Thanks for your comment. Prince George's has long struggled with low-performing schools, though test scores are increasing in recent years. And many residents (both black and white) often say that the schools are one of the reasons they leave the county. Officials are aware of this and are trying to address it so they can attract and retain residents and increase economic development.

I think the most important point is that the "segregation" is entirely by choice; both on the part of those who want to live in the neighborhoods and those who choose not to live there. In the past there was active exclusion of people who wanted to move to certain neighborhoods. To some degree that is still happening when the cry of "gentrification" goes up in areas where run down neighborhoods are revitalized. That bugs me but the fact that a lot of these McMansion neighborhoods in PG end up being largely African American doesn't seem like a problem. I am sure if a white or Asian family wanted to move to one of these neighborhoods , they would be welcomed. I still believe most people , regardless of background, see value in living in a diverse community. I grew up in the "old" PG county of the 50s and 60s and moved back there in the 2000s. For all its troubles, today's PG is clearly a better place.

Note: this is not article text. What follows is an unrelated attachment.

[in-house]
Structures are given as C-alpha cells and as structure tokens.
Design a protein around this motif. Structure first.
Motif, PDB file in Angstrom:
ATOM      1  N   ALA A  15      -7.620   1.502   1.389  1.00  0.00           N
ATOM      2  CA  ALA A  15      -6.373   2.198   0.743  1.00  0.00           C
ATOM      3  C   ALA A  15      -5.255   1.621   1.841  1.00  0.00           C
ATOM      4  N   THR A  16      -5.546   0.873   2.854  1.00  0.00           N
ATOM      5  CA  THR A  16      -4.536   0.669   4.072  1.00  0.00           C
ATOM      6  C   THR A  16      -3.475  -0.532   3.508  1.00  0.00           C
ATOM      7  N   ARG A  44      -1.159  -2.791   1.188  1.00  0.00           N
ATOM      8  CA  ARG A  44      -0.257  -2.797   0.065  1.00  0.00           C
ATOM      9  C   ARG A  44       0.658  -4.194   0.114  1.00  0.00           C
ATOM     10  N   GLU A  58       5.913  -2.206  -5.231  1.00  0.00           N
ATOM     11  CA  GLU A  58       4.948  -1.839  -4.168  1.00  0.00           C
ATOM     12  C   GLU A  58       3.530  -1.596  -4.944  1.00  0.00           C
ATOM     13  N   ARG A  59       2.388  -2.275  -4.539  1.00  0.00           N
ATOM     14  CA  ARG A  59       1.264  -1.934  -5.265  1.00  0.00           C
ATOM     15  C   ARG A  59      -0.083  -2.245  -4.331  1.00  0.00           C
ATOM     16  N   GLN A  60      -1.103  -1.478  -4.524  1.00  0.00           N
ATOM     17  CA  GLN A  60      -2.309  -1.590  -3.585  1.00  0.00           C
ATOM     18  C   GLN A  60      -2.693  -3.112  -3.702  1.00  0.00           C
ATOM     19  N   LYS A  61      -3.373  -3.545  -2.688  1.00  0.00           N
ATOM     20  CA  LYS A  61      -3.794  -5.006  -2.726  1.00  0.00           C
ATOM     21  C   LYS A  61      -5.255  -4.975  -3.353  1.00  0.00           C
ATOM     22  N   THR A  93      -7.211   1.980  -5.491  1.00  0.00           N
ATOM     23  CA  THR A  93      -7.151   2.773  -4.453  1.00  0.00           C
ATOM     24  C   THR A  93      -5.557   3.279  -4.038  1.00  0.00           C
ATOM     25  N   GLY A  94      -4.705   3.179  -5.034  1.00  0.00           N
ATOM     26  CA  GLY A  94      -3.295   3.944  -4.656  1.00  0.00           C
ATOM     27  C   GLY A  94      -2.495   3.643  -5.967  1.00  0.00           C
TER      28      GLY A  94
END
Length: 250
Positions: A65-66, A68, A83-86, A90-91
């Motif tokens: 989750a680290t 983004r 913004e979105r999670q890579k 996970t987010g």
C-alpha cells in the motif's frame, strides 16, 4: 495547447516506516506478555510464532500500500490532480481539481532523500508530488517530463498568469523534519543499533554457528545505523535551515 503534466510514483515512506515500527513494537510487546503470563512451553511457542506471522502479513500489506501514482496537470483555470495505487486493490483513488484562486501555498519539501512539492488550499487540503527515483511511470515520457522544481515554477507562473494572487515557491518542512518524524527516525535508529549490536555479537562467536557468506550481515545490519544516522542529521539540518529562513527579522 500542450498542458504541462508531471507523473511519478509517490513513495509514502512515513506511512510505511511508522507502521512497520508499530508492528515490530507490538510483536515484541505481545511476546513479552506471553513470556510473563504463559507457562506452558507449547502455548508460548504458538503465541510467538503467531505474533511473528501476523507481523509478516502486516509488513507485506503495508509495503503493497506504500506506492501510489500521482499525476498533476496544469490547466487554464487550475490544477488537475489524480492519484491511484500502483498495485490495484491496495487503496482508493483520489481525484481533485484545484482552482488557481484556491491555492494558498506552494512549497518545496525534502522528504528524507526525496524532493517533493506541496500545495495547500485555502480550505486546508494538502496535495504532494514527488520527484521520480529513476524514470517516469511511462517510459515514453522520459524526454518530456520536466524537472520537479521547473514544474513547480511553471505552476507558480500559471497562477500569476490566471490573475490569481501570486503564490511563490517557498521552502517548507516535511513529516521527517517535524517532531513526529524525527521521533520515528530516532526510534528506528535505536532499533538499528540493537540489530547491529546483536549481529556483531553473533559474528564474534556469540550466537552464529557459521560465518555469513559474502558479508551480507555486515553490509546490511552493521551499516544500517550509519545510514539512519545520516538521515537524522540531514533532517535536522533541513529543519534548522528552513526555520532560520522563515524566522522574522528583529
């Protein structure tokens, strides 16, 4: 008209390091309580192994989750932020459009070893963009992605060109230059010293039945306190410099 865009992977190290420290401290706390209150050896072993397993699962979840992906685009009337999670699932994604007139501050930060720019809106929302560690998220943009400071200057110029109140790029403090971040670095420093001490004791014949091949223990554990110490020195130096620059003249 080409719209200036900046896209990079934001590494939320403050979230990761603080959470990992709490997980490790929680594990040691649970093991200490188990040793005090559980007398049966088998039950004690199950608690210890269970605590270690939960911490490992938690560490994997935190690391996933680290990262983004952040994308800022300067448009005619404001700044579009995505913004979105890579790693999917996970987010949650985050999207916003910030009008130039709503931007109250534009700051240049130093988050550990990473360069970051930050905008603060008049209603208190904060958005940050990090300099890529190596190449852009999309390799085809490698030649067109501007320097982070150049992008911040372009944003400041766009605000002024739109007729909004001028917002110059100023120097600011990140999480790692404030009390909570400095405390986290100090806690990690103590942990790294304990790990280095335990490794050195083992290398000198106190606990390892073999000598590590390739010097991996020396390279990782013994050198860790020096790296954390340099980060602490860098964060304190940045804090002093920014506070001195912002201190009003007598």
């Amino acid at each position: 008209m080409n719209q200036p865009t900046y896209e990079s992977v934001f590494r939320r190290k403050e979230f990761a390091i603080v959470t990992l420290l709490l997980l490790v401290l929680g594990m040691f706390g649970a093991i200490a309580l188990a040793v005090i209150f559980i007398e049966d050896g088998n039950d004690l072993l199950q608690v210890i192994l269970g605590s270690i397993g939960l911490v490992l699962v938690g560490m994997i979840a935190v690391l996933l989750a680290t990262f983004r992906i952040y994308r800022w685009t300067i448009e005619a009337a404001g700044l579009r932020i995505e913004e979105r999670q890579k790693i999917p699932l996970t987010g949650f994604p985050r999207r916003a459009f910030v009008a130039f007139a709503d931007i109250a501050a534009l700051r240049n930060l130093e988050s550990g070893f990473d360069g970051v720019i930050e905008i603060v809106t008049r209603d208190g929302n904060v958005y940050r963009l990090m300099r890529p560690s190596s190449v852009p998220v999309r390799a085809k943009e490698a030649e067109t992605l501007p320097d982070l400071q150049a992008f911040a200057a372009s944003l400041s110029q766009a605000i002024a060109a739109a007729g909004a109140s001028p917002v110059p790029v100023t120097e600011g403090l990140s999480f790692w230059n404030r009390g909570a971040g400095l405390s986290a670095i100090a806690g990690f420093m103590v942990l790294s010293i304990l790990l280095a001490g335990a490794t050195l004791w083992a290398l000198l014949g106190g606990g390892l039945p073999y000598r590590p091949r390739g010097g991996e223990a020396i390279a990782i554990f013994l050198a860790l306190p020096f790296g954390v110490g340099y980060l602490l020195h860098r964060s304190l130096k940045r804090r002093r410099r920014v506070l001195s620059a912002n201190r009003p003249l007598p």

You make a good point. We used the term "segregated" in the story because it is the word demographers use to describe a neighborhood that has a large number of residents of one race or ethnicity - in this case more than 85 percent. Based on our reporting, you are right.  A lot of this has to do with choice, at least that's what many of the people who we talked to said.